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Obama Administration Defends Housing Bailout

Martin Poole | Stockbyte | Getty Images

The Obama Administration is vigorously defending its mortgage bailout programs, from the Home Affordable Modification Program (HAMP) to the Neighborhood Stabilization Program to the FHA Short Refi.

They've taken to the blogosphere, the reporter conference call and to a hearing room in the House of Representatives, where Republicans are bent on scrapping it all.

Interestingly, the Administration also released the "Monthly Scorecard" for the programs today. The HAMP in particular offered some pretty lackluster results. While totals continue to rise, the number of trial and permanent modifications made in January were fewer than the number made in December. New volume has been falling steadily.

Neil Barofsky, the Special Inspector General for the TARP, opened today's hearing with strong criticism of the Treasury's transparency, or lack thereof, in reporting the number of borrowers who can be helped. He called it "disturbing," "shameful," and "inexplicable."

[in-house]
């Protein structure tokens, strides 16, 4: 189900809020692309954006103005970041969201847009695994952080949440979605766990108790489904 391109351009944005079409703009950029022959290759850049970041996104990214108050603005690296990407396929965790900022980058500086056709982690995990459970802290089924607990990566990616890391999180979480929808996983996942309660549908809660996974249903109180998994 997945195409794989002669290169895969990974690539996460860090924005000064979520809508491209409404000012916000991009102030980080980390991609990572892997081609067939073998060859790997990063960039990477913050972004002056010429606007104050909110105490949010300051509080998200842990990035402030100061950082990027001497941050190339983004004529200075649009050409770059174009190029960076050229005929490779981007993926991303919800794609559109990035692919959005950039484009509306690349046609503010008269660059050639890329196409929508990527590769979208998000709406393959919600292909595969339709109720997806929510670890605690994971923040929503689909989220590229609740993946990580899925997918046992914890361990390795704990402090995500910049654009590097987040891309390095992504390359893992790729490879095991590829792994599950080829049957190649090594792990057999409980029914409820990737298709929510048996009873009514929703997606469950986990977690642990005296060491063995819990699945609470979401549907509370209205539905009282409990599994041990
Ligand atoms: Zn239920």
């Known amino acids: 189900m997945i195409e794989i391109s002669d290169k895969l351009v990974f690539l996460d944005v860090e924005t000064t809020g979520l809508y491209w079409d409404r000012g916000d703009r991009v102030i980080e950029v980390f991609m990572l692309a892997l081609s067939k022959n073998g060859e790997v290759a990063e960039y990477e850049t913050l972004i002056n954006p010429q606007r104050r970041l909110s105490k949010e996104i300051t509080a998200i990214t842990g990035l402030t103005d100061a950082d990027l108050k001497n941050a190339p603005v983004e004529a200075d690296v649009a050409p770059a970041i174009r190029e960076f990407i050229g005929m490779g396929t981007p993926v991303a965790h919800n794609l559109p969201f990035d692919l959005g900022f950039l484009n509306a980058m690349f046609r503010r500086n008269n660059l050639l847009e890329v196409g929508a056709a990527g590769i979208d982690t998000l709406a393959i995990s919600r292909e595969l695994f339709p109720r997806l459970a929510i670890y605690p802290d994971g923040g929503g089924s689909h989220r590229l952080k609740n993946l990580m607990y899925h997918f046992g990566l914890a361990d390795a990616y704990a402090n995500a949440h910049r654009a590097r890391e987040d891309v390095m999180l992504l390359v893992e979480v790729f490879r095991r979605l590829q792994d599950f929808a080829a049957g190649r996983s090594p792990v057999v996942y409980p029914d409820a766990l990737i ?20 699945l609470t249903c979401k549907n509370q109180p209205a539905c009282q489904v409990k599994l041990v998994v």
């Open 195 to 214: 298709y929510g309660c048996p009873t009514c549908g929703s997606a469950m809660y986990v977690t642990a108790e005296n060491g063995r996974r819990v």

When the vote to abolish these programs was announced last week, and Administration spokesperson blasted, "If enacted, this legislation would close the door to struggling homeowners seeking relief in the face of the worst housing crisis in generations."

FHA Commissioner David Stevens, who unfortunately had to answer for the Treasury, wouldn't opine as to whether the government's mortgage bailout programs were successful, but did admit, "the HAMP numbers have not been what they were originally forecast. We are clearly concerned." But he added that proprietary modifications by the big banks, while more abundant than HAMP mods, don't reduce payments as much and have higher re-default rates.

Last week I was in Portland, OR at a Wells Fargo modification event.

The organizers had sent over three thousand letters to troubled Wells Fargo borrowers and received about 300 RSVPs.

Fewer than 300 showed up.

I was told that they usually have between a five and seven percent response rate. There were at least 100 Wells agents sitting at booths, waiting to work; many of them twiddling their thumbs.

The excuse? I was told many borrowers think these events are a scam.

Reality? Many are either gone already or don't want to go through a modification on a loan that is worth more than the home. They know they've got at least a year before any sheriff comes knocking.

Questions? Comments? RealtyCheck@cnbc.comAnd follow me on Twitter @Diana_Olick

  • Diana Olick serves as CNBC's real estate correspondent as well as the editor of the Realty Check section on CNBC.com.

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